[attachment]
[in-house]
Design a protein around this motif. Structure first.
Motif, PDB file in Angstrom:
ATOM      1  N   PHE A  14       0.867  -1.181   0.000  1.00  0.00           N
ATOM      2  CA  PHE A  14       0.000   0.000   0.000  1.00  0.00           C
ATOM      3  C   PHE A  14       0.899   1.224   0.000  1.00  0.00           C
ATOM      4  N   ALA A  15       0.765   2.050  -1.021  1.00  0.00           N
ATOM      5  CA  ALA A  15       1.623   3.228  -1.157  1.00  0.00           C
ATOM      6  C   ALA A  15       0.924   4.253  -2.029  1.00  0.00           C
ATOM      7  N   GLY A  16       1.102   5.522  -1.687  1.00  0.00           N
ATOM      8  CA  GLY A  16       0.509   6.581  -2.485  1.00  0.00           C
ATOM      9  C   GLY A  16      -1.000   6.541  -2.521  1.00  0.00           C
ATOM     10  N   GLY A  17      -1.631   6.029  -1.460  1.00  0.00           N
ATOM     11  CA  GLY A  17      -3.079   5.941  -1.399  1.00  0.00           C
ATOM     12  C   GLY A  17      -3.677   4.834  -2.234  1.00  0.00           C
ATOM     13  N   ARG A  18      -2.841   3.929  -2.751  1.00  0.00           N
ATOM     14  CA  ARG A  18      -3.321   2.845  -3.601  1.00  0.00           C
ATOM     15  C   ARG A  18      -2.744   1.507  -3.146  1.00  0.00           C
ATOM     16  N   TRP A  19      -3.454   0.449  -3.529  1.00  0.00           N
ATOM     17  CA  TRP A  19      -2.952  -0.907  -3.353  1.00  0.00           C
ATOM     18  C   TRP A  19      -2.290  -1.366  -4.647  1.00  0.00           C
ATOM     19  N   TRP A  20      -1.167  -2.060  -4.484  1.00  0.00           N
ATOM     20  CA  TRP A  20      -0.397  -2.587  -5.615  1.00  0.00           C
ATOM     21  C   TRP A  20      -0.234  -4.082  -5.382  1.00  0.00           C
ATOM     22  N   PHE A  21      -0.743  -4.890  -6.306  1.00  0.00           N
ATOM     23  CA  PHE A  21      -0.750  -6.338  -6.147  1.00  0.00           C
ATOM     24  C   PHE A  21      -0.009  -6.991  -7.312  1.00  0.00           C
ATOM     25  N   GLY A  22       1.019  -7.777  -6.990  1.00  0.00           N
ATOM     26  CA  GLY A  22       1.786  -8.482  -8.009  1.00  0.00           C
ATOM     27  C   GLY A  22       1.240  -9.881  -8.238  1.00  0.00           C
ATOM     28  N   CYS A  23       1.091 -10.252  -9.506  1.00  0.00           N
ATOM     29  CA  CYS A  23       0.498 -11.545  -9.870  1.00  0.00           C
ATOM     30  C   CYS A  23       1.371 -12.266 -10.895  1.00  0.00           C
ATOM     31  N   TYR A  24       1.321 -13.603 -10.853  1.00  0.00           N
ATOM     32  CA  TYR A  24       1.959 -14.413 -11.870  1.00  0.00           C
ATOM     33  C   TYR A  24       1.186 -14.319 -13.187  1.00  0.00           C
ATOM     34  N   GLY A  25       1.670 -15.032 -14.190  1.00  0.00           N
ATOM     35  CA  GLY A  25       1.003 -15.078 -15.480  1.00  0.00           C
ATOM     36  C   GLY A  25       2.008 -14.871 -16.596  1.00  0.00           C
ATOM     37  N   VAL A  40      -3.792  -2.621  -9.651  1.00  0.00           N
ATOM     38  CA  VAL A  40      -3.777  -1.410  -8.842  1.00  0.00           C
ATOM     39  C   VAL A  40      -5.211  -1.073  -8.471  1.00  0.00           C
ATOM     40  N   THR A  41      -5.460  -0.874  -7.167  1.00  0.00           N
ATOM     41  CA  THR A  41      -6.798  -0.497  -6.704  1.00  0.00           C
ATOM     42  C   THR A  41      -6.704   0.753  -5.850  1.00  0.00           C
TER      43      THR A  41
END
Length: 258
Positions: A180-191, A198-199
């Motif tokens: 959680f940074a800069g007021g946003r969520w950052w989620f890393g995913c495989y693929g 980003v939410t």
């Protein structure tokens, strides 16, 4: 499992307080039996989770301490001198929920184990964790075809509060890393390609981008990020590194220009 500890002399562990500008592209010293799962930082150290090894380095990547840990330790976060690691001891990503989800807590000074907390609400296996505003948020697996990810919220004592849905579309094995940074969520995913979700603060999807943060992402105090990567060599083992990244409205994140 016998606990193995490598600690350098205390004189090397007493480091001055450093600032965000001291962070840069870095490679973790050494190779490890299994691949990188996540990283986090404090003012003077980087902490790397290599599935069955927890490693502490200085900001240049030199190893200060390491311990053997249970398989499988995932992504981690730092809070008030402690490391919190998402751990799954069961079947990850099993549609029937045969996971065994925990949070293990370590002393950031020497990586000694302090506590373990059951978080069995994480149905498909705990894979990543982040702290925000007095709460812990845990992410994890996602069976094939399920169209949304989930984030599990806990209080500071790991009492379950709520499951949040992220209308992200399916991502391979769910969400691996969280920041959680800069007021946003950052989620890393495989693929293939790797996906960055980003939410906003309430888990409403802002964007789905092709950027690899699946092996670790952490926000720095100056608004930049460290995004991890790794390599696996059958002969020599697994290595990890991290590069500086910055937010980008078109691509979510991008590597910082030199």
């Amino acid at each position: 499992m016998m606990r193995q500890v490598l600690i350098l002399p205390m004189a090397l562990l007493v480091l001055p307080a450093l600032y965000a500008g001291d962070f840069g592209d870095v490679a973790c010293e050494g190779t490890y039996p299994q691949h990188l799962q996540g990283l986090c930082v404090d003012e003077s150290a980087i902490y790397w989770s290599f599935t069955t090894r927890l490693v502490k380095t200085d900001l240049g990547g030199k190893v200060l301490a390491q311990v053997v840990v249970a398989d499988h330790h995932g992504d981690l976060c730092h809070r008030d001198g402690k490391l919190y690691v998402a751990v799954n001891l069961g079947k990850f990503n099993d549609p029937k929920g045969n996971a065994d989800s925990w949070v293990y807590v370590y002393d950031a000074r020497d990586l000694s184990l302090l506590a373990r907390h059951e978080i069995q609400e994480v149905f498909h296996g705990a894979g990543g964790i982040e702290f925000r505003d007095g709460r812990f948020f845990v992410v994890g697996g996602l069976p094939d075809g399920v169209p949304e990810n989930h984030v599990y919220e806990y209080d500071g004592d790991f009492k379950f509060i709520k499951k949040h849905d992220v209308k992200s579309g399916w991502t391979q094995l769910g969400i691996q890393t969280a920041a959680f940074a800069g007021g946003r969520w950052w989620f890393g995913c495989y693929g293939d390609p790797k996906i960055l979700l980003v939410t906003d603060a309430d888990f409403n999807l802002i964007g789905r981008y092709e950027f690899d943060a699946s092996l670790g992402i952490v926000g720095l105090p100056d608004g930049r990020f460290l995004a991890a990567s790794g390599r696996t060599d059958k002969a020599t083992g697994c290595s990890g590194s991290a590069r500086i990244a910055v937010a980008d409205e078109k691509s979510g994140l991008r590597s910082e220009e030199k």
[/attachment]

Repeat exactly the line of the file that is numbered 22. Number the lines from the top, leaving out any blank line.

ATOM     19  N   TRP A  20      -1.167  -2.060  -4.484  1.00  0.00           N